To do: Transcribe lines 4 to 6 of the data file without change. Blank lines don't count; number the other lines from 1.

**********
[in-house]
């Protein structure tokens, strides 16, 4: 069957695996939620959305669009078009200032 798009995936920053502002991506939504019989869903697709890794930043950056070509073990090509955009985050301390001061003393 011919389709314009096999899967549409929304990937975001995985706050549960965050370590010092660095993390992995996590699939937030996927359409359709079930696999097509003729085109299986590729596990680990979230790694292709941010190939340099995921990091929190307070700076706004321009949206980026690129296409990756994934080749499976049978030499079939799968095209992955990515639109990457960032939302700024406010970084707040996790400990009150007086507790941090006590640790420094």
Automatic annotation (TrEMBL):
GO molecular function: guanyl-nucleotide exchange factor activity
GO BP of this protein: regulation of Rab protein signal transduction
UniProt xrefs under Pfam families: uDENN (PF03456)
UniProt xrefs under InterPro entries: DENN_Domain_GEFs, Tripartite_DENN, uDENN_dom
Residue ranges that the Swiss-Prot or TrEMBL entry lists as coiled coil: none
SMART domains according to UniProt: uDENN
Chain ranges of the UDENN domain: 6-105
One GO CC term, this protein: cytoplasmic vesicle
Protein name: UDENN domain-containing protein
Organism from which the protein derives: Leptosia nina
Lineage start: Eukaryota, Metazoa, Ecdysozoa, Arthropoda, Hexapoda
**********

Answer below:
GO molecular function: guanyl-nucleotide exchange factor activity
GO BP of this protein: regulation of Rab protein signal transduction
UniProt xrefs under Pfam families: uDENN (PF03456)